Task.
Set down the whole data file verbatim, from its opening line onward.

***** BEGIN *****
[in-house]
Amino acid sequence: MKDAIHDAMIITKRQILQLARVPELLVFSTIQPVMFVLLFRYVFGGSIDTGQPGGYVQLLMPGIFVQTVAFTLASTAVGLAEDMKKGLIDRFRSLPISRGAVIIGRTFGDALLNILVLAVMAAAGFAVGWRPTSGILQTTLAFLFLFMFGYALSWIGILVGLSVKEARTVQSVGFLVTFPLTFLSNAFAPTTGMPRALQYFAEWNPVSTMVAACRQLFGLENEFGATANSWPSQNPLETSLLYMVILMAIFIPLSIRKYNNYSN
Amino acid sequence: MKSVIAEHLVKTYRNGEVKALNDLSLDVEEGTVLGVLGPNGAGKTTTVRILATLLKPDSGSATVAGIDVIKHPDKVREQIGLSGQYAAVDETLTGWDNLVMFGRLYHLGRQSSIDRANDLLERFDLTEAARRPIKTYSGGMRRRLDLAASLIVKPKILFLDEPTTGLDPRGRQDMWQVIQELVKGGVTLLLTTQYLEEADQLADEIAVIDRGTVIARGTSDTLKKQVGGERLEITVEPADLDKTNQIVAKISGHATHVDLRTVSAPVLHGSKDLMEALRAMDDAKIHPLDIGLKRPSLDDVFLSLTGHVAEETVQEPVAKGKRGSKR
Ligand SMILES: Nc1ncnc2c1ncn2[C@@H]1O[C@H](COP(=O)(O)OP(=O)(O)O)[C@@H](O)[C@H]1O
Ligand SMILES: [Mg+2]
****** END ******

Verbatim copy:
[in-house]
Amino acid sequence: MKDAIHDAMIITKRQILQLARVPELLVFSTIQPVMFVLLFRYVFGGSIDTGQPGGYVQLLMPGIFVQTVAFTLASTAVGLAEDMKKGLIDRFRSLPISRGAVIIGRTFGDALLNILVLAVMAAAGFAVGWRPTSGILQTTLAFLFLFMFGYALSWIGILVGLSVKEARTVQSVGFLVTFPLTFLSNAFAPTTGMPRALQYFAEWNPVSTMVAACRQLFGLENEFGATANSWPSQNPLETSLLYMVILMAIFIPLSIRKYNNYSN
Amino acid sequence: MKSVIAEHLVKTYRNGEVKALNDLSLDVEEGTVLGVLGPNGAGKTTTVRILATLLKPDSGSATVAGIDVIKHPDKVREQIGLSGQYAAVDETLTGWDNLVMFGRLYHLGRQSSIDRANDLLERFDLTEAARRPIKTYSGGMRRRLDLAASLIVKPKILFLDEPTTGLDPRGRQDMWQVIQELVKGGVTLLLTTQYLEEADQLADEIAVIDRGTVIARGTSDTLKKQVGGERLEITVEPADLDKTNQIVAKISGHATHVDLRTVSAPVLHGSKDLMEALRAMDDAKIHPLDIGLKRPSLDDVFLSLTGHVAEETVQEPVAKGKRGSKR
Ligand SMILES: Nc1ncnc2c1ncn2[C@@H]1O[C@H](COP(=O)(O)OP(=O)(O)O)[C@@H](O)[C@H]1O
Ligand SMILES: [Mg+2]